“You knew they were going to make a run here, and they started attacking and made some long 3’s,” Bennett said. “A few of them were contested and on a few of them we had some breakdowns because they were running good actions. So, give credit to how they attacked and what they did, and we weren’t sharp. It was so long ago when we played them the first time, and we played one of our best games at our place. The 3-point shot is such a momentum swing, so they just started going. We could feel the crowd, and they sure wanted the bacon you could tell that, and when they got the lead this place got very loud. So, our guys responded well.”
Indeed, things looked bleak for a moment for the visitors.
VT surged to its first lead, 47-46, at the 4:30 mark behind its sharp shooting. The scoreboard see-sawed on plays after that, but Nolley pushed the Hokies ahead 51-48 with 3:31 to go. When UVA’s Braxton Key committed a turnover shortly after that, the Hoos’ chances teetered. They didn’t panic, though.
Key took a charge to stop the momentum on the defensive end. Clark followed with a runner to cut the lead to one and Virginia moved back in front when Kody Stattmann set up Casey Morsell for a corner 3-pointer that made it 53-51. That helped set the stage for Clark’s final bow. Virginia also handled its business at the free throw line in the final 10 minutes. The Hoos made all six of their attempts in the final eight minutes and finished 8 of 10 overall.
The late-game dramatics overshadowed another strong outing for Mamadi Diakite, who poured in 19 points on 8-of-12 shooting. He made his only 3-point attempt and both of his free throw attempts. The senior added 6 rebounds and 2 blocked shots. Clark fed Diakite on several of those buckets via screen-and-roll action. He finished with 10 points, 6 rebounds, 6 assists, and 1 steal.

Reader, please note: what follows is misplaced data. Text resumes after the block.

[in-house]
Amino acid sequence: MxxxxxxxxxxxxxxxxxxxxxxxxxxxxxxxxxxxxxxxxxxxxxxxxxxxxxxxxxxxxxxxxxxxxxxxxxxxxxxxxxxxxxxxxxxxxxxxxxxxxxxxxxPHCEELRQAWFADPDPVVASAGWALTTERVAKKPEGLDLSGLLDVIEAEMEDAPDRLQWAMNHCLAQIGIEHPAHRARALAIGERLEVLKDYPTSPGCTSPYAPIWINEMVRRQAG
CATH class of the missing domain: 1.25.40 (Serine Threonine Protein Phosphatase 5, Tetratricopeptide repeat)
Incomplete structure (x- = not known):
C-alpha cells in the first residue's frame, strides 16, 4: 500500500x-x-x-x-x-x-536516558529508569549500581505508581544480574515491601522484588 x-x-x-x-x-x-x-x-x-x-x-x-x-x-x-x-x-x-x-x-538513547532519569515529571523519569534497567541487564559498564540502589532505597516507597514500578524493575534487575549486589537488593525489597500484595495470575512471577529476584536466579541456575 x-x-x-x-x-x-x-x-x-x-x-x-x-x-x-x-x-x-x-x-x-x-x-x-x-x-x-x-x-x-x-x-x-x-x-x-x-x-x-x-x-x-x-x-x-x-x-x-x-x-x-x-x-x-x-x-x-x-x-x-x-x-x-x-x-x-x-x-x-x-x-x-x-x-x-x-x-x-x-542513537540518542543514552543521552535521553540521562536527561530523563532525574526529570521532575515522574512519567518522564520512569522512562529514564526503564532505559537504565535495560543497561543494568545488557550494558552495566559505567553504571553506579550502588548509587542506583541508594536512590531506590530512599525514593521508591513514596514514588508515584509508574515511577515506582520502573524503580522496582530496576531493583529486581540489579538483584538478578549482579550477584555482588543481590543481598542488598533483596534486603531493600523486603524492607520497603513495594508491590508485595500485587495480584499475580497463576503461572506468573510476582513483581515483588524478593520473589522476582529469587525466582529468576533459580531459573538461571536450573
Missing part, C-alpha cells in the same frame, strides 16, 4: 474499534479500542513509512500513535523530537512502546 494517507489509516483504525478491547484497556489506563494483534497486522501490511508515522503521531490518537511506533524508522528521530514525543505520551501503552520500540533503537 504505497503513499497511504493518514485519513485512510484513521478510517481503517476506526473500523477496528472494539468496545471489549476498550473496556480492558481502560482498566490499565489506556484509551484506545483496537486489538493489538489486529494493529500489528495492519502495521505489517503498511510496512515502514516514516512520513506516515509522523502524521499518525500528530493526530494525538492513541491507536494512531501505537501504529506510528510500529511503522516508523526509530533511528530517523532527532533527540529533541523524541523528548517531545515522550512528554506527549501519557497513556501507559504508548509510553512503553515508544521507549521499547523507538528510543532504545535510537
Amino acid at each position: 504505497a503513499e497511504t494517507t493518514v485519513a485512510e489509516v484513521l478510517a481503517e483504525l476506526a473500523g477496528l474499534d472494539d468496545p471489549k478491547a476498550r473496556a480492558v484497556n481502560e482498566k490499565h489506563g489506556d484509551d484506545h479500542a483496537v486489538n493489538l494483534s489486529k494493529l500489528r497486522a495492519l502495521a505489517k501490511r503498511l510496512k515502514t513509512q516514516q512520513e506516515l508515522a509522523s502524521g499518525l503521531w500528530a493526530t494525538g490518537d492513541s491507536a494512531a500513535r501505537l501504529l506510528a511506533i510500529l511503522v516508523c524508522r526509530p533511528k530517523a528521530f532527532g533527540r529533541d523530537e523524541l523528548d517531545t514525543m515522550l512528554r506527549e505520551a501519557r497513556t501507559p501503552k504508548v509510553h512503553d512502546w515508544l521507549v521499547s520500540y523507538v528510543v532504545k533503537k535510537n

UVA also got a big double-double from Key, who tallied 10 points, 11 rebounds, 2 assists, 1 steal, and 1 block. Morsell contributed 7 points, 3 rebounds, and 1 assist. His night included the critical corner 3 that gave Virginia the lead back in the final two minutes.
“We didn’t play very good second-half defense, and I want to credit Virginia Tech; they had a terrific second half. They hit tough shots and they really battled,” Bennett said. “That was part of it, but we weren’t as sharp as we needed to be. They took the lead and then Casey Morsell hit the 3 to put us up, then Kihei Clark making that play at the end, obviously. Braxton Key had some big rebounds, Mamadi Diakite made his free throws. Some guys made plays and I have said that repeatedly – you have to make plays offensively, defensively, what have you. I give credit to their second half, but I didn’t think we were as sharp as we needed to be. In the first half we had a good stretch of defense, but they were a little cold and didn’t make those shots, so we’ve got to keep working on that.”